From Wikibooks, open books for an open world
Jump to navigation Jump to search

The Delta3D Knowledge Tree

Woops. I thought that tree metaphor was dead!? Sorry.

So, there are some core areas of knowledge that, if you don't have any clue about them you're in trouble with Delta3D.

Here's the basic list (upside down tree, root first!):

  • C++
  • Basic Graphics Concepts
  • OpenGL
  • Open Scene Graph (OSG)
  • Delta3D


Delta3D is a set of libraries written in C++. So you'll be writing your core VSG (Vis, Sim, Game!) code in C++ in order to easily call these functions and use these classes. You can learn C++ as you go, but we strongly encourage looking up on wikipedia or any concepts you read that you don't understand.

Here's a little test. Do you feel comfortable when I speak the following words?

  • Method
  • Member
  • Derived class
  • Virtual function
  • Protected member
  • Interface
  • Organism

Forget that last one. It's a silly reference to a Ren and Stimpy cartoon. You're going to be sifting through reams of Delta3D and OSG online docs to find the classes and functions you'll need. These docs use these fancy C++ terms like they're going out of style. Unless you've got a decent handle on them you're going to be popping handfuls of ibuprofen.

Basic Graphics Concepts

Know what a sphere is? How about a plane? How about a vertex, vertex normal, face, polygon? Vector? Again, look these graphics terms up on wikipedia and follow some of the links. It's quite fun. OpenGL is all about this stuff and OpenGL is REALLY near the root of that mythical Knowledge Tree. It wouldn't hurt to read a bit of OpenGL too but I think that can wait until you start getting deeper into your own VSG development.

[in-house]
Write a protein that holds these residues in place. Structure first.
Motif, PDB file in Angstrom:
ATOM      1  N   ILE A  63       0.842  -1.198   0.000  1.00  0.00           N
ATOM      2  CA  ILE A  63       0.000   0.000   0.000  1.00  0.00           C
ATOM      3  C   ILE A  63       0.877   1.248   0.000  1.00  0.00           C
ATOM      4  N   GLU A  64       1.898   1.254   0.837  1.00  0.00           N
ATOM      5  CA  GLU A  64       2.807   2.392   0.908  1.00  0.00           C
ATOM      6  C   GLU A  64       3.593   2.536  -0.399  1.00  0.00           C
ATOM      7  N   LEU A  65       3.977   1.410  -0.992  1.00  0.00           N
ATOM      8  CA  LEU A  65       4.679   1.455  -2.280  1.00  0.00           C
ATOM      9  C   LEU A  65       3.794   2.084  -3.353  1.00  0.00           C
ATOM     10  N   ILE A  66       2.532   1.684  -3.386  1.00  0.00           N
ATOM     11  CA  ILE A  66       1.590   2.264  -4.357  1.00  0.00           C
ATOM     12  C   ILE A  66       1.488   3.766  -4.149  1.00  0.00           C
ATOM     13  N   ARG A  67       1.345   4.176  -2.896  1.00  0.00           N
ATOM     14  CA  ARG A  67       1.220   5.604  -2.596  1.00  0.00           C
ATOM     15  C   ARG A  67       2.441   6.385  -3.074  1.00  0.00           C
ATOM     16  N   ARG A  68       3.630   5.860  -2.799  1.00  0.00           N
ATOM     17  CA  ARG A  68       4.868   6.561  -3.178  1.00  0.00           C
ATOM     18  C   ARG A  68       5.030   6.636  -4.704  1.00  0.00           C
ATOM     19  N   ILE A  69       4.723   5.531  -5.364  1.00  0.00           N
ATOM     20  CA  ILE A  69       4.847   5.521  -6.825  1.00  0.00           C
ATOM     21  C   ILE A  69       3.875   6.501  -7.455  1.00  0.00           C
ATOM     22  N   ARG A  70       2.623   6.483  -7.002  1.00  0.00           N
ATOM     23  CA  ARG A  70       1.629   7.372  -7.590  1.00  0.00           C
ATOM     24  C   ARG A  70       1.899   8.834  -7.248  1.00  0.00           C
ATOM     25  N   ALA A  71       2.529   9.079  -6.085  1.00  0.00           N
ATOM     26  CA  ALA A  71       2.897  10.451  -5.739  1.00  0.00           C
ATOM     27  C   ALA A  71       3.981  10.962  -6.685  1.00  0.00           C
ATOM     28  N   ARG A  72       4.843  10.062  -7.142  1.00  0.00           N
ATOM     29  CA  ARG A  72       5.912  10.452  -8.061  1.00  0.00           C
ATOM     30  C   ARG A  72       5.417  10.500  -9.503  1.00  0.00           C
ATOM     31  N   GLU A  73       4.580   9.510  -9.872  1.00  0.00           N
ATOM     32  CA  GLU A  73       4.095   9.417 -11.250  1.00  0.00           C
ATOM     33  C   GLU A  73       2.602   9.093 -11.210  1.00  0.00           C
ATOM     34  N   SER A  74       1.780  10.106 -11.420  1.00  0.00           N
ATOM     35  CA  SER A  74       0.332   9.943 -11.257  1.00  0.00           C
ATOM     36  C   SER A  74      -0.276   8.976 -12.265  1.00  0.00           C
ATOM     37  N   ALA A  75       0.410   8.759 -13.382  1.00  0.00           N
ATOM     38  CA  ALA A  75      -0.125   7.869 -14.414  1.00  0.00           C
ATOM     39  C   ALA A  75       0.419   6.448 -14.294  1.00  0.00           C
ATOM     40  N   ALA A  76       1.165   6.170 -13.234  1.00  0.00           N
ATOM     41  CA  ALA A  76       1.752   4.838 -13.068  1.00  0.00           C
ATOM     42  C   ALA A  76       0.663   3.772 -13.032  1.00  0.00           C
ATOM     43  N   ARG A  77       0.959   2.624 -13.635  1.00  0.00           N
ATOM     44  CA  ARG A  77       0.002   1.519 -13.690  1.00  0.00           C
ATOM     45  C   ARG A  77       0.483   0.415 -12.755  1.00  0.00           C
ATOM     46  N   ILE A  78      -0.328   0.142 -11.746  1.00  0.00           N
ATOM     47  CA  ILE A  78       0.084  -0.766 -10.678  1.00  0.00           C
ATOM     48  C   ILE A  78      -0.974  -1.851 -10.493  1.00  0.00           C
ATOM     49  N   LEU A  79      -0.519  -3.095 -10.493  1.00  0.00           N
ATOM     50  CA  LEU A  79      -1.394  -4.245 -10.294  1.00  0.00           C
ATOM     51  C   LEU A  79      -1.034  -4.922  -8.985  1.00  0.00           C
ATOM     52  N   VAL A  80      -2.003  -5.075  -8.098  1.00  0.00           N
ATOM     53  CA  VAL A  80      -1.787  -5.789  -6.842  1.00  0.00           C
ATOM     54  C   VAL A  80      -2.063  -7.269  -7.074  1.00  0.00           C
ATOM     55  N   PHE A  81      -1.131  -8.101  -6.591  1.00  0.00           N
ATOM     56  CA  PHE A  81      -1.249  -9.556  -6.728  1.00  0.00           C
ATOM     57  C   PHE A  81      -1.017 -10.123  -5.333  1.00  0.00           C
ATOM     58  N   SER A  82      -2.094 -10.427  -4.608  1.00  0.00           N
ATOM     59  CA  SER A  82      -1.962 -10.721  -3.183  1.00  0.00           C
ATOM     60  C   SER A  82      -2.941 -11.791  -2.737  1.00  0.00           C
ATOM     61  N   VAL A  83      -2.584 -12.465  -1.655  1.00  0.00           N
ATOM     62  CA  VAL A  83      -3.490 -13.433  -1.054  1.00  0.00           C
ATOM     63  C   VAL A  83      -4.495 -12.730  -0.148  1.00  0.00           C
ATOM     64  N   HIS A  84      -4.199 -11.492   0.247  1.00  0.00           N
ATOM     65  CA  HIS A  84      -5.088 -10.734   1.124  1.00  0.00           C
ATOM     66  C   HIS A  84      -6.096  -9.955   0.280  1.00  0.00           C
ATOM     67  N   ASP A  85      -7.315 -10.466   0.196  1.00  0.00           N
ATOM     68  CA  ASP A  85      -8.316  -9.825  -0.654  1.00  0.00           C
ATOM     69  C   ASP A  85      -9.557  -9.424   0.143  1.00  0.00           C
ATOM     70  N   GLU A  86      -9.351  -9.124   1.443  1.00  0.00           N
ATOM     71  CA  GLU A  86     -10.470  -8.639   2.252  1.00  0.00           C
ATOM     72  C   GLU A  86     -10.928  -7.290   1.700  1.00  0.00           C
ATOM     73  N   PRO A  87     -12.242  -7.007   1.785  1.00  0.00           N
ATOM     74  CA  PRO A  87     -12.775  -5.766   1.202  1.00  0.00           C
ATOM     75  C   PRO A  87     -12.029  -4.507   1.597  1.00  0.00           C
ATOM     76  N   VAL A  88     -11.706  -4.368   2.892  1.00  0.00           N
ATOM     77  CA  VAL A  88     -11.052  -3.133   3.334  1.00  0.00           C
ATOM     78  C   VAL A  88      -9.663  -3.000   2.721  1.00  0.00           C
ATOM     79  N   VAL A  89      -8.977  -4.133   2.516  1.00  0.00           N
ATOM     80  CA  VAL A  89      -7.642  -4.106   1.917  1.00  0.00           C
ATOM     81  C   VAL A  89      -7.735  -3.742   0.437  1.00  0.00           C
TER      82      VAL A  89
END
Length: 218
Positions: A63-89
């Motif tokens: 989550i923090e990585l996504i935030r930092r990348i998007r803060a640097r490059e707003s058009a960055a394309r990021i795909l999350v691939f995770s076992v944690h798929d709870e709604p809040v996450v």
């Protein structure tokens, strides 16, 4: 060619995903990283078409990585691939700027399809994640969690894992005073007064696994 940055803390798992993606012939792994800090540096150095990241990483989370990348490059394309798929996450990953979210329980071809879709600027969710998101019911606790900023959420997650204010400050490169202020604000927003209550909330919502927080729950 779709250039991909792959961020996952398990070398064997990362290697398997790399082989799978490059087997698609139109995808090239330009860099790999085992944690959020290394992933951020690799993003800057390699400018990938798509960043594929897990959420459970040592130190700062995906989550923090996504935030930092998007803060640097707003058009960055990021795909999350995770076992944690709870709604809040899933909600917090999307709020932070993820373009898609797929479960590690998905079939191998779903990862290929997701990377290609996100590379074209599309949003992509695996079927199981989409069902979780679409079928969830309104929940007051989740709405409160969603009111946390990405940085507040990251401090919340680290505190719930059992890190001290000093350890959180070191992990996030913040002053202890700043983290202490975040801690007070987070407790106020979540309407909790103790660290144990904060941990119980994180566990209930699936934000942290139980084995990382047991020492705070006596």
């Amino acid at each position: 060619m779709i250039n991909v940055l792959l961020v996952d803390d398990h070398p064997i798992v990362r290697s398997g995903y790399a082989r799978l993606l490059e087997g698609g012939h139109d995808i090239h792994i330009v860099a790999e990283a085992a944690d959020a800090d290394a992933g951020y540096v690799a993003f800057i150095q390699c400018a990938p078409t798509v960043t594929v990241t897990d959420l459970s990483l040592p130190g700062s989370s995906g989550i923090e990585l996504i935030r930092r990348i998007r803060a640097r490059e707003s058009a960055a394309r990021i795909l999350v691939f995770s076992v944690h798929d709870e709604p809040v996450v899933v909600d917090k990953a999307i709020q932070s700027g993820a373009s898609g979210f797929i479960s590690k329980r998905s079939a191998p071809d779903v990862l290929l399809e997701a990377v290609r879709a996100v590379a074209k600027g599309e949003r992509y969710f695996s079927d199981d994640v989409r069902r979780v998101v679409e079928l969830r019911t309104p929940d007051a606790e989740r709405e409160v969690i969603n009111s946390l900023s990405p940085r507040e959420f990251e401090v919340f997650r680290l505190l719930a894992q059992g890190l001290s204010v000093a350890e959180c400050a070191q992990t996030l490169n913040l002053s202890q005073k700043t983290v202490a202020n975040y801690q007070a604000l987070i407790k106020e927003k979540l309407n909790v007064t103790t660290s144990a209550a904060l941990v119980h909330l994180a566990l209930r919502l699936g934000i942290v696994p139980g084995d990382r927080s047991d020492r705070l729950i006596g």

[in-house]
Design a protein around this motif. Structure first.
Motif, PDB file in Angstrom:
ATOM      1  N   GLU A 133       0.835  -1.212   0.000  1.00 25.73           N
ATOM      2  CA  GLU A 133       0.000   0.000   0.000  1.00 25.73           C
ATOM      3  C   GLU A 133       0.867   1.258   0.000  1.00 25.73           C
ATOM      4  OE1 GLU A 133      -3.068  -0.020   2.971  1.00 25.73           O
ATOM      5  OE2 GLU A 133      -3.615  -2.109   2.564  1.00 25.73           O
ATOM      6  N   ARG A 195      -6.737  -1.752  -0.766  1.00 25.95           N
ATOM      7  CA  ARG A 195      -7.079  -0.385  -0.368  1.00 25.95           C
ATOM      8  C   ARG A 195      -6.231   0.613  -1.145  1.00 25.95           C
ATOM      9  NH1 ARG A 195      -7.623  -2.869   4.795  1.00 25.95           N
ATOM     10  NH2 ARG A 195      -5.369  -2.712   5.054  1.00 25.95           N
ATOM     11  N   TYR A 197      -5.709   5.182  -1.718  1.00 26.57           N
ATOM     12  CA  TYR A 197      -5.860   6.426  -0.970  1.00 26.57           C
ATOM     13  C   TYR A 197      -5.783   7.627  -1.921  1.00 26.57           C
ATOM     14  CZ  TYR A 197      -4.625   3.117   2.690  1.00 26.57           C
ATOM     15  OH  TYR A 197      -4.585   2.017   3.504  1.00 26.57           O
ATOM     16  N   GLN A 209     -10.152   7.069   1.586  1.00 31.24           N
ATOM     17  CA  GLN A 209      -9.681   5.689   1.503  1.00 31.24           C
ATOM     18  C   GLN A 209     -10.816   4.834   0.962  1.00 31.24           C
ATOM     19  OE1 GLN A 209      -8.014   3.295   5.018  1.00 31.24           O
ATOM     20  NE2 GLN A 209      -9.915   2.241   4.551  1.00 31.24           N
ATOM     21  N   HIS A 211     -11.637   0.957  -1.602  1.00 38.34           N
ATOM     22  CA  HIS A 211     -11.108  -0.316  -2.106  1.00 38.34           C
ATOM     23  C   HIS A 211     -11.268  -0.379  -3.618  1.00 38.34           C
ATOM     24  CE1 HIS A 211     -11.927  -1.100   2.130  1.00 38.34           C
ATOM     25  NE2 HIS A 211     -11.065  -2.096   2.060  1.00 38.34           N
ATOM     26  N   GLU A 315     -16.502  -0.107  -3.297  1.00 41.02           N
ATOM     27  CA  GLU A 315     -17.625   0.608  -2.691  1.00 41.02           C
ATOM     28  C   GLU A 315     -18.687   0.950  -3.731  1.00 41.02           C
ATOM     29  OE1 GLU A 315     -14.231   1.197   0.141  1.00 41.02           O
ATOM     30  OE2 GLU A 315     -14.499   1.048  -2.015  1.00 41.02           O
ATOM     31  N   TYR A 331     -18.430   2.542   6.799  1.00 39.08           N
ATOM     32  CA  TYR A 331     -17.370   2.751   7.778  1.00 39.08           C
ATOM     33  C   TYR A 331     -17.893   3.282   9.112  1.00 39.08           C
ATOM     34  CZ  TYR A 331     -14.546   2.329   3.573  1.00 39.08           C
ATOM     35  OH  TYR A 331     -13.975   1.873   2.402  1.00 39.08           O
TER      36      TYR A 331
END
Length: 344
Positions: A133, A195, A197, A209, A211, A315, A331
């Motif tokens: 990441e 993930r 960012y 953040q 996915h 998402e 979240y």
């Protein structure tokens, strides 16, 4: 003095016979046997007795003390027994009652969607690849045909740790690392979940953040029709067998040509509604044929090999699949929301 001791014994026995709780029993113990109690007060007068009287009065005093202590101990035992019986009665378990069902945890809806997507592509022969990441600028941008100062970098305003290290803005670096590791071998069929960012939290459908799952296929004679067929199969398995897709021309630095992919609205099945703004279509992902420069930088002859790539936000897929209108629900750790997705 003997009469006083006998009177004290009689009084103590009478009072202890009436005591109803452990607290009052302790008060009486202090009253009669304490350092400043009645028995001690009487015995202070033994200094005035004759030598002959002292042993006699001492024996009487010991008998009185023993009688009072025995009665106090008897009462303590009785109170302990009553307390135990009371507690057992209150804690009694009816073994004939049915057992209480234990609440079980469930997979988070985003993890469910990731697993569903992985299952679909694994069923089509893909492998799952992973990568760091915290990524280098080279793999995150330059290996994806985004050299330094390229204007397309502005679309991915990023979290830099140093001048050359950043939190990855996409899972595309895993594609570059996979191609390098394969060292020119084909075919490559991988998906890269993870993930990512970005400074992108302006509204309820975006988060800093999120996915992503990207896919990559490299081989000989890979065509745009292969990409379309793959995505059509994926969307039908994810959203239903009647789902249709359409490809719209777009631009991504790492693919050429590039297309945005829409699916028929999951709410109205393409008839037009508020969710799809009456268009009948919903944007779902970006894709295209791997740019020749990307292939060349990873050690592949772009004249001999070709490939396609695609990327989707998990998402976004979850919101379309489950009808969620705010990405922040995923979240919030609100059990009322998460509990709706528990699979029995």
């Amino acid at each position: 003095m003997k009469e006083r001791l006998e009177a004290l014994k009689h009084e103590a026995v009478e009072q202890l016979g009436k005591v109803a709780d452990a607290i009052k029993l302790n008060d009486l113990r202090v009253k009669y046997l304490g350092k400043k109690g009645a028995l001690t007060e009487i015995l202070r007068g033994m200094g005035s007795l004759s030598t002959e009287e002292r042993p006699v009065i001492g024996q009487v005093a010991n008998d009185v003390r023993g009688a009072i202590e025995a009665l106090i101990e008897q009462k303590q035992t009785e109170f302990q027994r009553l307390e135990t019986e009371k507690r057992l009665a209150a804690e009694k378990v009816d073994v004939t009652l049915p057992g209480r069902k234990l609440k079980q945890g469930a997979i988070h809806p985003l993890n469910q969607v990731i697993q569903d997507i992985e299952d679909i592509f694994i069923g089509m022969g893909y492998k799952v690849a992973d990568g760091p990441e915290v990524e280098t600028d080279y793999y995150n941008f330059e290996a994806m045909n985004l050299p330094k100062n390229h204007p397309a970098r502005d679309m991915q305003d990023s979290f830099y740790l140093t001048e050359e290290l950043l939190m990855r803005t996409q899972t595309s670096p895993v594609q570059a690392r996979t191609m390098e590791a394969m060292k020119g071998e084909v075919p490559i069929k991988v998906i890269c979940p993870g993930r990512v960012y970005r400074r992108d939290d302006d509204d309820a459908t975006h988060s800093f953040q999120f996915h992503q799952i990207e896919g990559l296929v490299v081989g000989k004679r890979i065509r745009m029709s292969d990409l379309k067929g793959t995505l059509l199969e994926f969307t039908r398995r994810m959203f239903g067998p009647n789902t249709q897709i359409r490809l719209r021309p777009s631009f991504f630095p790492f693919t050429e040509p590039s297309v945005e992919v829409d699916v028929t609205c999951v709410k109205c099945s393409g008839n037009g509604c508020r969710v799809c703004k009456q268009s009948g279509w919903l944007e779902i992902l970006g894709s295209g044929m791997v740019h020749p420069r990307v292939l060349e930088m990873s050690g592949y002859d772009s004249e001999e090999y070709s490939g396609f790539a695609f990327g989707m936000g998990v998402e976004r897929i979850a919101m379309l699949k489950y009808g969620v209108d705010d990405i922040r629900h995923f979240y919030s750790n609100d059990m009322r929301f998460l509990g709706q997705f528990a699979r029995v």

Really, look up OpenGL in Wikipedia and you'll have everything you need. Let's just add this, as a useful simplification: There are only two low-level graphics libraries in existence, one of which every computer needs to do 3D graphics: DirectX and OpenGL. DirectX runs only on Windows. OpenGL runs on everything else, including Windows. Delta3D uses OpenGL.

Open Scene Graph

Delta3D is a set of functions and classes that make building a VSG easier and more worry-free. It's got lots of things that assume you want to build a VSG in a particular way (but not too particular). However, there exists a data structure called a scene graph that assumes even less about what you are trying to do with your code but still tries to help. Mostly what the scene graph attempts to do is hide some of the nasty, voluminous OpenGL code that you need to make 3D graphics appear on the screen. Open Scene Graph is a very successful, long-lived open source scene graph library that you can download and start using today! Of course, Delta3D beat you to that. It's already based on top of OSG. Does Delta3D hide all the nasty OSG workings from you like OSG did for OpenGL? Not really! Or, partly, but not as much as you might like. This is VERY important: You're not going to get very far with Delta3D without knowing the how/what/why of OSG workings. This is sad but true. You've really got two large libraries, Delta3D AND OSG, to get a handle on before you can work magic with Delta3D.

So might as well take a look at it now: There's not avoiding it. Of course, this book covers OSG too, but from the perspective of someone trying to get it working with Delta3D.


Finally we arrive at the glittery leaves of our tree, Delta3D itself. Lots of classes and functions to explore. And it's very well organized so each bit you learn solidly will pay off in helping you understand that which still lies before you.